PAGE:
Political Unrest

(Disclaimer: I am absolutely not advocating any form of revolution, violence, vigilantism, or anything else; I condemn them without reservation. But I would be remiss if I didn’t point out the possibility of… “discontinuities”.)

Let’s assume this massive automation come to fruition, and over the next decade or so enormous numbers of people are displaced out of their jobs. As my fellow blogger Aline Kaplan wrote in her essay The Robot Economy (emphasis added, link also added):

Granted, there may still be enough people with jobs to afford to purchase some of the company’s products but nowhere near as many as if a robust middle class filled the stores. Unemployed or underemployed people spend money only on the necessities, after all—and sometimes on not all of those.

She is correct; an economy prospers on disposable income. And even if people are employed, and the economy recovers, I suspect consumers will be far, far more cautious in spending than before. And related, in another essay discussing the emotional impact of offshoring, I wrote (links in original, emphases added):

This perception of the top of the pile squeezing the rest is one of the things that fueled the “99%” movement; this perception is fueled by examples like this and this. Envy is a powerful emotion; seeing someone who has “more” – especially when it is believed that the “more” is acquired by unfair means – is so corrosive that virtually every religion has some prohibition against coveting what others have (e.g.,”Thou Shalt Not Covet That Which is Thy Neighbor’s”). Dangerous emotional fuel is being piled up by the perception that those at the top care nothing about their employees, just their individual bonuses regardless of the cost in rank-and-file jobs.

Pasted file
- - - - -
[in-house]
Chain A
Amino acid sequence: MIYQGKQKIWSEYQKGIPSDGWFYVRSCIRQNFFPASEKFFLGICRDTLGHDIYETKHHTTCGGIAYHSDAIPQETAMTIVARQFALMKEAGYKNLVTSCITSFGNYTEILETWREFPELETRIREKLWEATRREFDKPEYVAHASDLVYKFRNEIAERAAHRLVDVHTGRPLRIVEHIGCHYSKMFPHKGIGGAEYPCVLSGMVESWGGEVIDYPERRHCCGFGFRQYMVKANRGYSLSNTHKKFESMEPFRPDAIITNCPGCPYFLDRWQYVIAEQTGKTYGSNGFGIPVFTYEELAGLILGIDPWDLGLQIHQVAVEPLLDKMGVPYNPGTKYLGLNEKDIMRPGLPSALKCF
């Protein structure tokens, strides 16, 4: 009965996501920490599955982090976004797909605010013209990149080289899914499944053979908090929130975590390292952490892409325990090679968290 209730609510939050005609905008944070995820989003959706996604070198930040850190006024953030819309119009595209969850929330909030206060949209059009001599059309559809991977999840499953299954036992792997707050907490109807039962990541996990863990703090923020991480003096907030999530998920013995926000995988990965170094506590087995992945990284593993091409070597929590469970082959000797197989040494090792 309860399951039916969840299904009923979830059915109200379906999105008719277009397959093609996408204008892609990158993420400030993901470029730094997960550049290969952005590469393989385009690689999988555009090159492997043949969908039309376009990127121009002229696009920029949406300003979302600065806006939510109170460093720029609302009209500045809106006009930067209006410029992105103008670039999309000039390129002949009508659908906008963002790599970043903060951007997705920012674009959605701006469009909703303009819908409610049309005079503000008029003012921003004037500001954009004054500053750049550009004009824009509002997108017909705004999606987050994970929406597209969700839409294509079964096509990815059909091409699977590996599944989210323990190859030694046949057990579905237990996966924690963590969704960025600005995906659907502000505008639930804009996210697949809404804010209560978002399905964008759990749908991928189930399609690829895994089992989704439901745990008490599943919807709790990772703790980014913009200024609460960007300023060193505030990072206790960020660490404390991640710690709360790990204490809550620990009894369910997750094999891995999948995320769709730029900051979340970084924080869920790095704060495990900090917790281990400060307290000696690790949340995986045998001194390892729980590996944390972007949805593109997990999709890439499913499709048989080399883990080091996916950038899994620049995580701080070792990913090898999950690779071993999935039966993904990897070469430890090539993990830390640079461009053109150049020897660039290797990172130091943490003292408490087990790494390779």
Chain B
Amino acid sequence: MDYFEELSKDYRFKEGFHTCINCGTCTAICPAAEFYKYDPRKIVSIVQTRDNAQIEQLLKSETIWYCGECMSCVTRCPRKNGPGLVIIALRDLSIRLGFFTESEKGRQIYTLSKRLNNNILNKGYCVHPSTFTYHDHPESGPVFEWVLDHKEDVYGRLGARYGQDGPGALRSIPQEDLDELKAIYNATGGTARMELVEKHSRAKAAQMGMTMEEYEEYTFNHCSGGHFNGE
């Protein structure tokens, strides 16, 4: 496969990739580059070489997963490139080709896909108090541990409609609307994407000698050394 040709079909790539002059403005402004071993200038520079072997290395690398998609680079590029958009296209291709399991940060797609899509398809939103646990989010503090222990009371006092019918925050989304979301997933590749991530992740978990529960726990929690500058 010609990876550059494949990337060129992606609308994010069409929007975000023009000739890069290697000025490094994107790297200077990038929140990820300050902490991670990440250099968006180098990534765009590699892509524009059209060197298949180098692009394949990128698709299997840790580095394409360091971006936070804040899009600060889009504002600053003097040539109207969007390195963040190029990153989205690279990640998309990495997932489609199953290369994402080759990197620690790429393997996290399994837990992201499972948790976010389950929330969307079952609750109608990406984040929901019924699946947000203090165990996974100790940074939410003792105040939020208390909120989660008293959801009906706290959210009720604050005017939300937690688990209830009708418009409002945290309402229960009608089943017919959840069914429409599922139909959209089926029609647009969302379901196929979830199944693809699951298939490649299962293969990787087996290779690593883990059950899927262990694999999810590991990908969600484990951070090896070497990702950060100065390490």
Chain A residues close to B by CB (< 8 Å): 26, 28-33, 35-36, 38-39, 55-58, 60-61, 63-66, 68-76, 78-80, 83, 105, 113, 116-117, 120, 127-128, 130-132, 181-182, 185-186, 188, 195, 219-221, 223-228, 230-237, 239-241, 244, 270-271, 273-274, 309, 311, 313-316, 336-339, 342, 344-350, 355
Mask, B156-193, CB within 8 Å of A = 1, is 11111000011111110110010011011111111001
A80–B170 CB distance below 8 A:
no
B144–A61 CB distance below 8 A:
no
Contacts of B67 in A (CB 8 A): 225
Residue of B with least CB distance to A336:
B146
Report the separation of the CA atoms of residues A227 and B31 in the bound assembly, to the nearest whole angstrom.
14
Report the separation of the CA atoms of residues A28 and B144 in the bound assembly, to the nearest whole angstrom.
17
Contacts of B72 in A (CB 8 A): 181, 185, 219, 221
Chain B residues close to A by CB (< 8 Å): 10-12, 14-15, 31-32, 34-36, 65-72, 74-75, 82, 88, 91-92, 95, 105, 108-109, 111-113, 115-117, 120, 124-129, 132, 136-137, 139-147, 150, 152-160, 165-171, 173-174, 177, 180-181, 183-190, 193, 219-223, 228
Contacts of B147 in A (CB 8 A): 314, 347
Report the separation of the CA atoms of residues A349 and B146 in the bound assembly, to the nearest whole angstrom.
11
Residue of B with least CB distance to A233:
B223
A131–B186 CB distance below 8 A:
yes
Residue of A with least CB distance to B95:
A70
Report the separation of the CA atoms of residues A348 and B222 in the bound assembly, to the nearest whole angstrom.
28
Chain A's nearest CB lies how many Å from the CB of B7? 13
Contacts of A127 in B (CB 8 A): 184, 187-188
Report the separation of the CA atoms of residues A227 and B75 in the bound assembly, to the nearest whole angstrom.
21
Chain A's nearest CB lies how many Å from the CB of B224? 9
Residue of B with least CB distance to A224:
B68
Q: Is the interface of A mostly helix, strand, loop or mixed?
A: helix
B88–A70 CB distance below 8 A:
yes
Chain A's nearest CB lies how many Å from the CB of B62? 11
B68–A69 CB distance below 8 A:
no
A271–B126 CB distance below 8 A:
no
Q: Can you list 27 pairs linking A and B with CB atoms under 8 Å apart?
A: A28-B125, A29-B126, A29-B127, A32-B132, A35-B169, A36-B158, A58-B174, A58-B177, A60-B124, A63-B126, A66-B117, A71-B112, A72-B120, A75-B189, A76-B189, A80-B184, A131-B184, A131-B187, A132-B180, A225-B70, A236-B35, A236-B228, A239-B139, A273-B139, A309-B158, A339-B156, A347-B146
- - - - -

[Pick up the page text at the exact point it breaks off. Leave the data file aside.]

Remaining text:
And a little later (emphasis added, additional text added in []):

There needs to be the capacity in the national economic system to absorb these displaced people, and to offer them a step-up as a replacement. Today offshoring [and tomorrow automation] is not a mosquito pinprick here or there, it is a swarm, tapping economic blood faster than the system can regenerate.